My Experience With Confusion and Heart Failure
I remember I couldn't sort the mail. I'd just come home from the hospital after having twins. I spent 10 days in various hospital units while doctors ran tests and gave me treatments for an unknown issue. All they could figure out is that my oxygen was very low, and my blood levels were off. Finally, I was sent home with a diagnosis of pneumonia.
More than just "new mom brain"
It was my first day alone with the twins (since they'd been in the NICU while I was in the hospital). They were taking a nap and I decided to go through the mail that had accumulated while I was away. I flipped through the envelopes one by one, but nothing on them made any sense to me. It was like looking at something written in a foreign language. I didn't really understand the writing. After a while, I gave up. That's the first instance of confusion that I remember.
The confusion was a BIG symptom for me. It's not listed on many sites, and I haven't heard many people complain about it - probably because it's so easily confused with "new mom brain." But that first day, I was rested. I hadn't been up all night every night with a baby because I'd been alone in the hospital. Still, I was unable to make sense of simple scenarios and I was forgetting things I'd always known.
Confusion took over
My mother-in-law offered to pick up groceries for me and asked what I needed. I stood in my pantry and stared at the food. I knew I could see what was there but I still couldn't come up with how to put together a list of what I needed, and I told her to just bring me whatever she felt were essentials.
It wasn't just organizing and list-making either. I couldn't keep track of time. Which is kind of a big deal with babies because you have to feed them on a schedule (especially with multiples - your LIFE is a schedule!) And did they have to eat 3 hours from when I started feeding them or 3 hours from when I finished feeding them? I couldn't remember. So I set timers. And when the timers went off I would feed them and change them and do whatever else I needed to with them, just so I knew that I wouldn't forget.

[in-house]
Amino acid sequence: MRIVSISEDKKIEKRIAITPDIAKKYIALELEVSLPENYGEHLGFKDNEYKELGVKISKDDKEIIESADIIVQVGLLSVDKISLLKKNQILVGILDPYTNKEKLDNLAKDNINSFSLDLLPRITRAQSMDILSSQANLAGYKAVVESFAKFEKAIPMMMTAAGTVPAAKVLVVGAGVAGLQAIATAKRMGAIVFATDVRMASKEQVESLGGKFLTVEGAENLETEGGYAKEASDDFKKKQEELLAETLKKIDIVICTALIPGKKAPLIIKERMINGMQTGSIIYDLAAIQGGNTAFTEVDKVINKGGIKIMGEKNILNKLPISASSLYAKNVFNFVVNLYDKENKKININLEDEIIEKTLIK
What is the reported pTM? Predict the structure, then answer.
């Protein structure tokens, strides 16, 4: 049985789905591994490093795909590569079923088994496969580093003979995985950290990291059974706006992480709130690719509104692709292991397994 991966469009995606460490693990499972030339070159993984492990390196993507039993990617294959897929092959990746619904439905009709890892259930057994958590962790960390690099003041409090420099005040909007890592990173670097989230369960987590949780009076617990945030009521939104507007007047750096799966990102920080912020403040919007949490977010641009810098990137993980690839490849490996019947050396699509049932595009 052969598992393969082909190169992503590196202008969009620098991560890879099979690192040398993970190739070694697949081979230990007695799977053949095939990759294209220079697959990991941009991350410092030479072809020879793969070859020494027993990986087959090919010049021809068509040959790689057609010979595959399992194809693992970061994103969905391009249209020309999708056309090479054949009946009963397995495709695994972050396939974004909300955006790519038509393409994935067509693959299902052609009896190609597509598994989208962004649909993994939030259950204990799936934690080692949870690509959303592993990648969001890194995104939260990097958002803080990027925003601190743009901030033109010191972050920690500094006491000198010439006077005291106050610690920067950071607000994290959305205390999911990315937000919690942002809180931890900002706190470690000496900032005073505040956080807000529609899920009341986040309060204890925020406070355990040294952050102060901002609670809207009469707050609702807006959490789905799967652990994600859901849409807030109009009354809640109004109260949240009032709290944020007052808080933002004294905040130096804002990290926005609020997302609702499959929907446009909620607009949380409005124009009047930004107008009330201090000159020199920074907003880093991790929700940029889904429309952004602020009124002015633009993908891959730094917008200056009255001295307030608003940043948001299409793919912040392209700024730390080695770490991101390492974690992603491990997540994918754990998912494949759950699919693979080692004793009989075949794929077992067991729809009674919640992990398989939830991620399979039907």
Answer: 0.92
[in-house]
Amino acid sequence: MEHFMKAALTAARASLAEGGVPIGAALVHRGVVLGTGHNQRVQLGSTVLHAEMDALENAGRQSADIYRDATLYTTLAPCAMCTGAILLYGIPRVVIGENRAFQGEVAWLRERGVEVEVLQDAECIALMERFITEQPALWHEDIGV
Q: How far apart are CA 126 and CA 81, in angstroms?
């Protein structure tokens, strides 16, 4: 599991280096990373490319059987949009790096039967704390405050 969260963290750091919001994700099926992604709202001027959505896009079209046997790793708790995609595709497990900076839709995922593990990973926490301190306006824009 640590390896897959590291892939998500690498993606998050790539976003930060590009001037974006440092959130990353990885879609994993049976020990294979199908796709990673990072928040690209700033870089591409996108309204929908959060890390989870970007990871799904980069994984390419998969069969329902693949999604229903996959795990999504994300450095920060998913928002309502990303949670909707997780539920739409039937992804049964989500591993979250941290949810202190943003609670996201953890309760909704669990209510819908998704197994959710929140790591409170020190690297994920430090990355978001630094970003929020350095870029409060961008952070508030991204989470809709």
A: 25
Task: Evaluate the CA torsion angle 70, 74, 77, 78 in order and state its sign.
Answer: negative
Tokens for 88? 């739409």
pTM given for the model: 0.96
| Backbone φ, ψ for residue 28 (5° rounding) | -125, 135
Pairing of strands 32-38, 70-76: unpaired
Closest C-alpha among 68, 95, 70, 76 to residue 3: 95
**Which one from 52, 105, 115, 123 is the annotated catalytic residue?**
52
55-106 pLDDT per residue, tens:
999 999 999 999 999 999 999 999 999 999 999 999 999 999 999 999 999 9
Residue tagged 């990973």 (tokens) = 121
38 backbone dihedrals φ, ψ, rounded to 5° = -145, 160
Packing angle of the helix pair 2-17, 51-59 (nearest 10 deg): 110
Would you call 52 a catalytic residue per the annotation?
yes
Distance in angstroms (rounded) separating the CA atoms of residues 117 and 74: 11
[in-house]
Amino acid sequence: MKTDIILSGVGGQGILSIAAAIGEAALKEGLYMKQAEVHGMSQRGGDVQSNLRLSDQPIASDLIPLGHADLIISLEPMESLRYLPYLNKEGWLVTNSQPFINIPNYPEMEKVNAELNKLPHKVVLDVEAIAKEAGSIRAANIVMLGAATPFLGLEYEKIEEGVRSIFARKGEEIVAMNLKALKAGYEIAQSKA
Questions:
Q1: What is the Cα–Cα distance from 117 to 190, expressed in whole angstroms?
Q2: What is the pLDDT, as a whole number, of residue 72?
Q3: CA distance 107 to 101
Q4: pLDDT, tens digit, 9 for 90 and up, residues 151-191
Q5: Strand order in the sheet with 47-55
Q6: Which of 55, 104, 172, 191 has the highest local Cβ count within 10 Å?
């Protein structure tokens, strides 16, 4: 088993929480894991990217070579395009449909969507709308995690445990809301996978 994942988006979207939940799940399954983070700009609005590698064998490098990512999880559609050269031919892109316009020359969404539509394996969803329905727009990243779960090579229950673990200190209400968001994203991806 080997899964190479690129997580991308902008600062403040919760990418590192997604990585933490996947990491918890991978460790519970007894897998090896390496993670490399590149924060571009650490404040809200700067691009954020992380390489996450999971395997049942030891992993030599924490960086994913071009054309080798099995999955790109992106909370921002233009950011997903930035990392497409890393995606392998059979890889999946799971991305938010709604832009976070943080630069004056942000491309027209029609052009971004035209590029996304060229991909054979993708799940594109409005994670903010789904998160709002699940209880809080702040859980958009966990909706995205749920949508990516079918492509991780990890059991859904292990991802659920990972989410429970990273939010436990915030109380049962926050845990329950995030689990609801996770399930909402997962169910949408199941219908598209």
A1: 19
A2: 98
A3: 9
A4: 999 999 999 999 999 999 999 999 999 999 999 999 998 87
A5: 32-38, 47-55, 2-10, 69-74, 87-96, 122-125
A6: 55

I also happen to be an advanced pianist. I took piano lessons from age 5 to 21. But during this time when my brain was foggy, I couldn't read music or remember how to play any songs I'd previously memorized. I'd sit in front of the piano and know that I knew how to play it, but I still did not understand what I needed to do to make music.
Diagnosed with postpartum cardiomyopathy
At first, I chalked it all up to "new mom brain" too. I couldn't believe how intense it was! But after I was checked back into the hospital and diagnosed with postpartum cardiomyopathy, my cardiologist explained to me that confusion can be a symptom of heart failure because your heart is taking oxygen from wherever it can, including other major organs, in order to keep functioning.
This symptom wasn't quick to go away, either. Even after I started on regular medication and was considered to be stable enough to be sent home, the confusion cloud still followed me around. It took months into my recovery before I felt like I was back to myself. I was worried that I was going to have permanent damage and that I wouldn't be as smart as I had been before heart failure ever again. Luckily, eventually, my mind did return to normal. I can very easily sort mail again, and I'm happy to say that I play the piano daily!
If you feel like your "new mom brain" is maybe a little more intense than you'd bargained for and are finding that you can't do simple tasks - like sorting the mail - talk to your doctor.
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